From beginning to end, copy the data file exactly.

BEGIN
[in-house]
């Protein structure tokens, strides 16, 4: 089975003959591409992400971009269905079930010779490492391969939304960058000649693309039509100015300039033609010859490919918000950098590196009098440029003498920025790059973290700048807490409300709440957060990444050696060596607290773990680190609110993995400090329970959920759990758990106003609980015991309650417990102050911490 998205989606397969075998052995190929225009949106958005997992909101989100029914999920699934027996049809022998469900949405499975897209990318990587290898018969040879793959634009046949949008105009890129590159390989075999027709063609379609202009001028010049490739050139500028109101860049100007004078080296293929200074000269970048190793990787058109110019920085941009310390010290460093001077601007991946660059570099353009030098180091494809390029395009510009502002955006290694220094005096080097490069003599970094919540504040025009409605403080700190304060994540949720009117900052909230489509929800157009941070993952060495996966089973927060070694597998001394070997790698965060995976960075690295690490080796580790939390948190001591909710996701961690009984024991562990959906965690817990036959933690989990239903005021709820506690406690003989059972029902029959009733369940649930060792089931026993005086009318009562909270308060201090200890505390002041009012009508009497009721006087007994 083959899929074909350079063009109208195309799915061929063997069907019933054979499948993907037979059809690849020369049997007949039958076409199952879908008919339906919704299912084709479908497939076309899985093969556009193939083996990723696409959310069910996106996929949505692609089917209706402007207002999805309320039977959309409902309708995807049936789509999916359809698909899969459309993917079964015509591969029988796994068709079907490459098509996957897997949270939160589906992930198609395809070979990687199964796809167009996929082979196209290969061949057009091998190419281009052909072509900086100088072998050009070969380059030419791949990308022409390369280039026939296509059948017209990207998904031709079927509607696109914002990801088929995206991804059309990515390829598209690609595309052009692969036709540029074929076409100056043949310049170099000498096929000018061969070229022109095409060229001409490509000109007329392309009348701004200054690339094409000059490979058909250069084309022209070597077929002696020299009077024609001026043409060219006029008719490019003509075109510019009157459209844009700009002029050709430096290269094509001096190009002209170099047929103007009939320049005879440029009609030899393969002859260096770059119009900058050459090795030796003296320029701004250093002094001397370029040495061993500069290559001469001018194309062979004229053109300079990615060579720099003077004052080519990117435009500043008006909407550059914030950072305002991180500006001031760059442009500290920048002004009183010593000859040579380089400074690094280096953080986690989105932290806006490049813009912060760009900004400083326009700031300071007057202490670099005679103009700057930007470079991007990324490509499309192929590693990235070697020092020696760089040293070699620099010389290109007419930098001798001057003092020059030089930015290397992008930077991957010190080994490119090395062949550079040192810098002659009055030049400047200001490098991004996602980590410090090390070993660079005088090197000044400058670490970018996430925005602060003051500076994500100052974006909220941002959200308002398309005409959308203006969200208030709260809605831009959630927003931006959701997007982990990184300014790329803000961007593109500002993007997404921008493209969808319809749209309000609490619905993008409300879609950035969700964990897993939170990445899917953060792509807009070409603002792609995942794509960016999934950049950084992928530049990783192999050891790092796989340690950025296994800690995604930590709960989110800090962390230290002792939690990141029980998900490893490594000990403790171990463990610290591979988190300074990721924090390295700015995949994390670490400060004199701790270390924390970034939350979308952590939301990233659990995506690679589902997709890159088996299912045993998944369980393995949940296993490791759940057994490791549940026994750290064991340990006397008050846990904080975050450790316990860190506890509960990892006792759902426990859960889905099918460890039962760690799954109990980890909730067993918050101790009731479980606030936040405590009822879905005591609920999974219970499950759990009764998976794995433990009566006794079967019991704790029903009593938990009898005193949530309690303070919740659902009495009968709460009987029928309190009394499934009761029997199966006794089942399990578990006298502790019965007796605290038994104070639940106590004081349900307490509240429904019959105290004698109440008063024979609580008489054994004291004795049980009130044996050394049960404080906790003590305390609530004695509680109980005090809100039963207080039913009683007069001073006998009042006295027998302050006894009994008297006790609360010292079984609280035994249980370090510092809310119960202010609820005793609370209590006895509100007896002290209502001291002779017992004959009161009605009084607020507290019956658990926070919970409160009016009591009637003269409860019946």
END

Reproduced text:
[in-house]
């Protein structure tokens, strides 16, 4: 089975003959591409992400971009269905079930010779490492391969939304960058000649693309039509100015300039033609010859490919918000950098590196009098440029003498920025790059973290700048807490409300709440957060990444050696060596607290773990680190609110993995400090329970959920759990758990106003609980015991309650417990102050911490 998205989606397969075998052995190929225009949106958005997992909101989100029914999920699934027996049809022998469900949405499975897209990318990587290898018969040879793959634009046949949008105009890129590159390989075999027709063609379609202009001028010049490739050139500028109101860049100007004078080296293929200074000269970048190793990787058109110019920085941009310390010290460093001077601007991946660059570099353009030098180091494809390029395009510009502002955006290694220094005096080097490069003599970094919540504040025009409605403080700190304060994540949720009117900052909230489509929800157009941070993952060495996966089973927060070694597998001394070997790698965060995976960075690295690490080796580790939390948190001591909710996701961690009984024991562990959906965690817990036959933690989990239903005021709820506690406690003989059972029902029959009733369940649930060792089931026993005086009318009562909270308060201090200890505390002041009012009508009497009721006087007994 083959899929074909350079063009109208195309799915061929063997069907019933054979499948993907037979059809690849020369049997007949039958076409199952879908008919339906919704299912084709479908497939076309899985093969556009193939083996990723696409959310069910996106996929949505692609089917209706402007207002999805309320039977959309409902309708995807049936789509999916359809698909899969459309993917079964015509591969029988796994068709079907490459098509996957897997949270939160589906992930198609395809070979990687199964796809167009996929082979196209290969061949057009091998190419281009052909072509900086100088072998050009070969380059030419791949990308022409390369280039026939296509059948017209990207998904031709079927509607696109914002990801088929995206991804059309990515390829598209690609595309052009692969036709540029074929076409100056043949310049170099000498096929000018061969070229022109095409060229001409490509000109007329392309009348701004200054690339094409000059490979058909250069084309022209070597077929002696020299009077024609001026043409060219006029008719490019003509075109510019009157459209844009700009002029050709430096290269094509001096190009002209170099047929103007009939320049005879440029009609030899393969002859260096770059119009900058050459090795030796003296320029701004250093002094001397370029040495061993500069290559001469001018194309062979004229053109300079990615060579720099003077004052080519990117435009500043008006909407550059914030950072305002991180500006001031760059442009500290920048002004009183010593000859040579380089400074690094280096953080986690989105932290806006490049813009912060760009900004400083326009700031300071007057202490670099005679103009700057930007470079991007990324490509499309192929590693990235070697020092020696760089040293070699620099010389290109007419930098001798001057003092020059030089930015290397992008930077991957010190080994490119090395062949550079040192810098002659009055030049400047200001490098991004996602980590410090090390070993660079005088090197000044400058670490970018996430925005602060003051500076994500100052974006909220941002959200308002398309005409959308203006969200208030709260809605831009959630927003931006959701997007982990990184300014790329803000961007593109500002993007997404921008493209969808319809749209309000609490619905993008409300879609950035969700964990897993939170990445899917953060792509807009070409603002792609995942794509960016999934950049950084992928530049990783192999050891790092796989340690950025296994800690995604930590709960989110800090962390230290002792939690990141029980998900490893490594000990403790171990463990610290591979988190300074990721924090390295700015995949994390670490400060004199701790270390924390970034939350979308952590939301990233659990995506690679589902997709890159088996299912045993998944369980393995949940296993490791759940057994490791549940026994750290064991340990006397008050846990904080975050450790316990860190506890509960990892006792759902426990859960889905099918460890039962760690799954109990980890909730067993918050101790009731479980606030936040405590009822879905005591609920999974219970499950759990009764998976794995433990009566006794079967019991704790029903009593938990009898005193949530309690303070919740659902009495009968709460009987029928309190009394499934009761029997199966006794089942399990578990006298502790019965007796605290038994104070639940106590004081349900307490509240429904019959105290004698109440008063024979609580008489054994004291004795049980009130044996050394049960404080906790003590305390609530004695509680109980005090809100039963207080039913009683007069001073006998009042006295027998302050006894009994008297006790609360010292079984609280035994249980370090510092809310119960202010609820005793609370209590006895509100007896002290209502001291002779017992004959009161009605009084607020507290019956658990926070919970409160009016009591009637003269409860019946």